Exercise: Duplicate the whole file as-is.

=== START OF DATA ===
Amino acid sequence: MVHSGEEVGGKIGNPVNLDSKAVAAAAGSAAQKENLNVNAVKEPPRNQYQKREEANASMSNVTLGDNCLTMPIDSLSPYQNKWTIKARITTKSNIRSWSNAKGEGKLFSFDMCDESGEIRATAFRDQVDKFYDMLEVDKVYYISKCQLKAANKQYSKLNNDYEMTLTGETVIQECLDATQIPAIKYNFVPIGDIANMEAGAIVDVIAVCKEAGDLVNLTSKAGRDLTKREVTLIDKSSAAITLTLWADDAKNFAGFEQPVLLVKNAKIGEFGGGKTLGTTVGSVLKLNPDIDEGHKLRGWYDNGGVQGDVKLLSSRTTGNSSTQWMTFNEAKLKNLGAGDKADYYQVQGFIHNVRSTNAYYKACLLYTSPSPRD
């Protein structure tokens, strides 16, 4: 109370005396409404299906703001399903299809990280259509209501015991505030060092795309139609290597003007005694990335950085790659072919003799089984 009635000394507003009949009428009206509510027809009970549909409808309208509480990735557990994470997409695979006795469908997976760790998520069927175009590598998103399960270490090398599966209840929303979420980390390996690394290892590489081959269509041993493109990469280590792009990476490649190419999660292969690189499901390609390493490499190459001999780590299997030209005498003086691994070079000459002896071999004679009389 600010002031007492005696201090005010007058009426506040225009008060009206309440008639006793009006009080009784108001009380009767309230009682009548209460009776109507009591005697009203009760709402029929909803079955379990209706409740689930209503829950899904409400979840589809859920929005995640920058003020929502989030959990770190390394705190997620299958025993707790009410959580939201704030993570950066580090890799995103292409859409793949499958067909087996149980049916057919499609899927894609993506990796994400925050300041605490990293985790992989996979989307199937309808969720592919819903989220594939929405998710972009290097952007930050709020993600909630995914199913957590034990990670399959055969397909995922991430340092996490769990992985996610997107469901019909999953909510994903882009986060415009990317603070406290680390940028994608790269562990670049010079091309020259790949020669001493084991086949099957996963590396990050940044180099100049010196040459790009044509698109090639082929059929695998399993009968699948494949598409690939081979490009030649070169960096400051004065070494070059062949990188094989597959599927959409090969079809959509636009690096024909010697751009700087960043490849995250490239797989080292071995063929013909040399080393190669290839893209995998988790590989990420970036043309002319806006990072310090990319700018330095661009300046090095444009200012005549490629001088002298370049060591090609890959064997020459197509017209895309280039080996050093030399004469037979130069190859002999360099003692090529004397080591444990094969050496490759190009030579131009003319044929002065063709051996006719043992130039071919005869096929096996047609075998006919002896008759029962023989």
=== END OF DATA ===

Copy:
Amino acid sequence: MVHSGEEVGGKIGNPVNLDSKAVAAAAGSAAQKENLNVNAVKEPPRNQYQKREEANASMSNVTLGDNCLTMPIDSLSPYQNKWTIKARITTKSNIRSWSNAKGEGKLFSFDMCDESGEIRATAFRDQVDKFYDMLEVDKVYYISKCQLKAANKQYSKLNNDYEMTLTGETVIQECLDATQIPAIKYNFVPIGDIANMEAGAIVDVIAVCKEAGDLVNLTSKAGRDLTKREVTLIDKSSAAITLTLWADDAKNFAGFEQPVLLVKNAKIGEFGGGKTLGTTVGSVLKLNPDIDEGHKLRGWYDNGGVQGDVKLLSSRTTGNSSTQWMTFNEAKLKNLGAGDKADYYQVQGFIHNVRSTNAYYKACLLYTSPSPRD
């Protein structure tokens, strides 16, 4: 109370005396409404299906703001399903299809990280259509209501015991505030060092795309139609290597003007005694990335950085790659072919003799089984 009635000394507003009949009428009206509510027809009970549909409808309208509480990735557990994470997409695979006795469908997976760790998520069927175009590598998103399960270490090398599966209840929303979420980390390996690394290892590489081959269509041993493109990469280590792009990476490649190419999660292969690189499901390609390493490499190459001999780590299997030209005498003086691994070079000459002896071999004679009389 600010002031007492005696201090005010007058009426506040225009008060009206309440008639006793009006009080009784108001009380009767309230009682009548209460009776109507009591005697009203009760709402029929909803079955379990209706409740689930209503829950899904409400979840589809859920929005995640920058003020929502989030959990770190390394705190997620299958025993707790009410959580939201704030993570950066580090890799995103292409859409793949499958067909087996149980049916057919499609899927894609993506990796994400925050300041605490990293985790992989996979989307199937309808969720592919819903989220594939929405998710972009290097952007930050709020993600909630995914199913957590034990990670399959055969397909995922991430340092996490769990992985996610997107469901019909999953909510994903882009986060415009990317603070406290680390940028994608790269562990670049010079091309020259790949020669001493084991086949099957996963590396990050940044180099100049010196040459790009044509698109090639082929059929695998399993009968699948494949598409690939081979490009030649070169960096400051004065070494070059062949990188094989597959599927959409090969079809959509636009690096024909010697751009700087960043490849995250490239797989080292071995063929013909040399080393190669290839893209995998988790590989990420970036043309002319806006990072310090990319700018330095661009300046090095444009200012005549490629001088002298370049060591090609890959064997020459197509017209895309280039080996050093030399004469037979130069190859002999360099003692090529004397080591444990094969050496490759190009030579131009003319044929002065063709051996006719043992130039071919005869096929096996047609075998006919002896008759029962023989």